• Plinth, flat base usually projecting, upon which a pedestal, wall or column rests
  • Terminal, statue or ornament that stands on a pedestal
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Iowa W.C.T.U. Fountains

Location: Edgewood, Iowa, USA

This drinking fountain, located on the corner of East Madison and North Washington Streets, was erected by the W.C.T.U. (Women’s Christian Temperance Union) in the hope that a drink of cool water would prevent men from quenching their thirsts in the local taverns. It was dedicated in memory of Thera B. True who served the local union as secretary for 9 years and president of the local union for 19 years, before holding the office of district president for 10 years.

The drinking fountain consists of a four sided pedestal with panels containing a quatrefoil design with a small circle in each corner of the panel. A chamfered edge supports the upper pedestal containing 4 trapezoid panels for dedication, and an inscription, In Loving / Memory Of / Thera B True / From WCTU. A frieze of acanthus surrounds the capital which supports a fluted urn with egg and dart edge. Water is provided via a bubbler.

It was restored in 2015 due to the efforts of Rosemary Totman of Edgewood who purchased and renovated a bank building and the attached clock on the front of the building. Donations from local groups and individuals funded the restoration of the clock. With a desire to also restore the drinking fountain permission was given by the Town’s elders and completed using a portion of the funds raised to restore the bank clock. The fountain was re-plumbed by the City’s maintenance department and the surface finished by a powder coating company in Farley, Iowa.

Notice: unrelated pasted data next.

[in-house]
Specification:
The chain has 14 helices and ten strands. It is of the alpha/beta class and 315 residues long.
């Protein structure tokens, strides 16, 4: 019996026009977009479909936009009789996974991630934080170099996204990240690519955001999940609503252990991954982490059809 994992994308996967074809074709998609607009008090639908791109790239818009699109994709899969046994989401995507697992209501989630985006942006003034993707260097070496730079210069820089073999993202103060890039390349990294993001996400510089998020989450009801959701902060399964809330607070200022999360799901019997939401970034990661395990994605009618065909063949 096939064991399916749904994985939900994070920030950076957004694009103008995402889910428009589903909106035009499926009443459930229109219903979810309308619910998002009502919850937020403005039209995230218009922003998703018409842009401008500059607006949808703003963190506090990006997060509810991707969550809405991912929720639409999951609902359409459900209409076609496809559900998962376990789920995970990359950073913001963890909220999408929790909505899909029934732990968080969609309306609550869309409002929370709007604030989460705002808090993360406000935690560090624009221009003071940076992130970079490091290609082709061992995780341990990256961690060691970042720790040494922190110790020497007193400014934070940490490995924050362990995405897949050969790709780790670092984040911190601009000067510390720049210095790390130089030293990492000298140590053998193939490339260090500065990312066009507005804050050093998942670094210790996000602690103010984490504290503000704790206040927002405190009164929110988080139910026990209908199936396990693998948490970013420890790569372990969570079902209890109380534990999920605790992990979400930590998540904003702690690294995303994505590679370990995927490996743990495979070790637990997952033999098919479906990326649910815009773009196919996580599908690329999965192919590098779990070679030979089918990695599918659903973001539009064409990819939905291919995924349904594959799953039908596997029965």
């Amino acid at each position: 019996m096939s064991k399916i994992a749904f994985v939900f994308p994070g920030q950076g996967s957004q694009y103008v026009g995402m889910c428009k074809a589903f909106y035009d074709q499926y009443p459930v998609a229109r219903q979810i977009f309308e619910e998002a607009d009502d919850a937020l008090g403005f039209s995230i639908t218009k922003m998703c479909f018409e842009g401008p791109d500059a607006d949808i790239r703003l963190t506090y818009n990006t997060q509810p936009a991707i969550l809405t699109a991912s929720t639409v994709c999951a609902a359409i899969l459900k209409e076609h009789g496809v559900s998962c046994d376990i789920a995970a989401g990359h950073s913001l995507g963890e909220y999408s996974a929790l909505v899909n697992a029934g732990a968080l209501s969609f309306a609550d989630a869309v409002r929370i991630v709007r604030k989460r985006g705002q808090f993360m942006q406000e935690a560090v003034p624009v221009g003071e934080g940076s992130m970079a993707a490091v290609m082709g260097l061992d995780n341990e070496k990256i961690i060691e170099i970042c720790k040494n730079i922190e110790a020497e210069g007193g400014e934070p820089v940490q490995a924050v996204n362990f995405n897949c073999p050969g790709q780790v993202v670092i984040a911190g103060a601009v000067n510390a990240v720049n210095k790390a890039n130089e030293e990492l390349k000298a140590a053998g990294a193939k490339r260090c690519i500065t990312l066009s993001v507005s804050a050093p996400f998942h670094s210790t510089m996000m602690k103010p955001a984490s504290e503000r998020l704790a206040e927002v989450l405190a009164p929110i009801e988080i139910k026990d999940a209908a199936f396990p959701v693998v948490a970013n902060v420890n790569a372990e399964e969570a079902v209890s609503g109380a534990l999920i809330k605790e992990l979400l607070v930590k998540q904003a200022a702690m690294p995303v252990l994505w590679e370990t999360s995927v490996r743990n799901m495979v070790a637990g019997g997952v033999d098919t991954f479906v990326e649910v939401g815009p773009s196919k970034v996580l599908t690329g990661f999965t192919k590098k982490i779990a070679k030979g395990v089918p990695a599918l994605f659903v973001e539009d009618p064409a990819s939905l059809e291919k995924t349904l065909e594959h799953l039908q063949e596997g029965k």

Location: Shenandoah, Page County, Iowa

The second W.C.T.U. drinking fountain is located in downtown Shenandoah, a few feet from the flatiron building at Clarinda and Sheridan Streets. It was erected in 1912 to honour Mrs. Lavina Nichols, the founder of the Shenandoah W.C.T.U. Chapter.

The cast iron structure manufactured by J.L. Mott Iron Works consists of a four sided pedestal seated on a square foundation with attic base. Receptacles on three sides consist of two circular basins supported by scroll consoles and a third fluted demi-lune basin attached directly to the pedestal into which a lion mascaron spouts water. A small basin at ground level is available for the use of dogs. A dedication plaque on the east side is inscribed, Dedicated In Memory Of Mrs. H.S. Nichols, WCTU, 1912. And Also For God And Home And Every Land. Mrs. Nichols was the founder of the local W.C.T.U. chapter and wife of former Mayor H.S. Nichols.

A garland frieze sits beneath the capital which currently supports a lamp post with a neon sign identifying W.C.T.U., both of which were added to the structure circa 1922.

It is likely that the original lamp was in the form of an Olympic torch with acanthus relief, a framework of bands with Corinthian columns that terminated in four finials to create the form of a crown (this design can be found on a drinking fountain in Fredonia NYS).

mott lamp

The fountain was added to the National Register of Historic Places on 27 September 1984.